THIS is with reference to the report ‘CEOs pledge fair, not minimum wages’ (May 5). The strong advocacy for a ‘fair living wage’ by the chief executive officer (CEO) of a leading corporate and consumer brand gladdened my heart. The fact that the person concerned also happens to be the sitting president of the Overseas Investors Chamber of Commerce and Industry (OICCI) definitely adds to the weight of the utterance, and that actually gladdened my heart even more.
It was a breath of fresh air for the large underprivileged segment of our society that earns just enough to eat a couple of nans a day and does not have any means to attend to their children’s educational, medical or other basic needs.
The OICCI chief had also spoken about the matter previously when in a TV interview he had advocated a minimum wage of Rs56,000 for all segments of the workforce, whether in the corporate world or otherwise.
Unfortunately, this view of the president of OICCI is not shared by many employers, and, as per record, the Employers Federation of Pakistan, of which the OICCI itself — and, indeed, the corporate brand concerned — happen to be members, had gone to court against the decision by the Sindh government two years ago to raise the minimum wage to a mere Rs25,000.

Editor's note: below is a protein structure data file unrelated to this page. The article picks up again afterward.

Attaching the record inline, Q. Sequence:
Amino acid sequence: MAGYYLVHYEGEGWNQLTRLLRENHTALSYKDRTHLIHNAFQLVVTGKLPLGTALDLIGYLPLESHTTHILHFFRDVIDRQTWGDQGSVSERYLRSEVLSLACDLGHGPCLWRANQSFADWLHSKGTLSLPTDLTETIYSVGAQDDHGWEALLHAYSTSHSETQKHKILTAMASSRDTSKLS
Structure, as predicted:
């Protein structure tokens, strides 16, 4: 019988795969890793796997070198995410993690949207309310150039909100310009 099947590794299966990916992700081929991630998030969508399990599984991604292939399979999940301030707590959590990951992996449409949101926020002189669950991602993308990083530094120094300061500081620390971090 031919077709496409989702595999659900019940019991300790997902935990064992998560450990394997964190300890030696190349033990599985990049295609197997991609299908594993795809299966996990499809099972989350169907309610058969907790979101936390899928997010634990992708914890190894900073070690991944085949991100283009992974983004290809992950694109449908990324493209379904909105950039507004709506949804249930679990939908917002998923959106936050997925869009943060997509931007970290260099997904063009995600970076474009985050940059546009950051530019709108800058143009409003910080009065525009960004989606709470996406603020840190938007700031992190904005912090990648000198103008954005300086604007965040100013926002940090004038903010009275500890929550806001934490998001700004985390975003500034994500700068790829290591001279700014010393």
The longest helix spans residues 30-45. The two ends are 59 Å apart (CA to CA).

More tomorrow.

This is by the way less than half the fair living wage being advocated now by some conscientious CEOs. The opposition to the fair living wage proposal is also strong, and is mainly by known tycoons who hardly pay any taxes. They continue to get richer due to a variety of tax exemptions and evasions that are woven into the tax mechanism in the country.
The move is also opposed by several CEOs whose remuneration, as per published financial reports of listed companies, is over Rs100 million per year.
The government should enforce the fair living wage, but at the same time it should take steps to increase produc-tivity across the national economy, including the agriculture sector.
As is common knowledge, the current level of productivity in Pakistan is the lowest in the region. A fair treatment both for the workers and the investors is the only way forward. Let us move in that direction to the benefit the under-privileged without being unfair to anyone.
Published in Dawn, June 3rd, 2023